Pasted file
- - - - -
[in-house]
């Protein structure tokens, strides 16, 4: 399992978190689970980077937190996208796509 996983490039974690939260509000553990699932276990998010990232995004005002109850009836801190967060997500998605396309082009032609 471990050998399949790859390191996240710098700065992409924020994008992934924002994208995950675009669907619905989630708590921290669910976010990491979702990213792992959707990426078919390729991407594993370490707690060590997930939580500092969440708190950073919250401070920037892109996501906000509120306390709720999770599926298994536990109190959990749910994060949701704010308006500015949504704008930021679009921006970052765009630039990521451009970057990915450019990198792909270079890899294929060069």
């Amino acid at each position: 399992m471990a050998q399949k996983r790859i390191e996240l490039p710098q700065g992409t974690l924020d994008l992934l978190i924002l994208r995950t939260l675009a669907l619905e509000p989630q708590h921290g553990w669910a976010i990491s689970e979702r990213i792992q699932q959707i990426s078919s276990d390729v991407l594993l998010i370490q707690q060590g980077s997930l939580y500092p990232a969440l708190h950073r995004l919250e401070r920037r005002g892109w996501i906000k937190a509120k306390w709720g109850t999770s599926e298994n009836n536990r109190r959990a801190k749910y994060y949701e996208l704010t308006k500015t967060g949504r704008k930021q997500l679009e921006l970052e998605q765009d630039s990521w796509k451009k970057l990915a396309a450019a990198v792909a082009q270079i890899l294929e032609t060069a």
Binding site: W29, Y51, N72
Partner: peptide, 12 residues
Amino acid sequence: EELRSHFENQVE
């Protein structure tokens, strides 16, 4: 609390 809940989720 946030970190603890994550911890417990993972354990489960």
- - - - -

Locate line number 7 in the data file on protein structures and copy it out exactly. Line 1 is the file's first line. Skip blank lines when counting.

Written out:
């Protein structure tokens, strides 16, 4: 609390 809940989720 946030970190603890994550911890417990993972354990489960």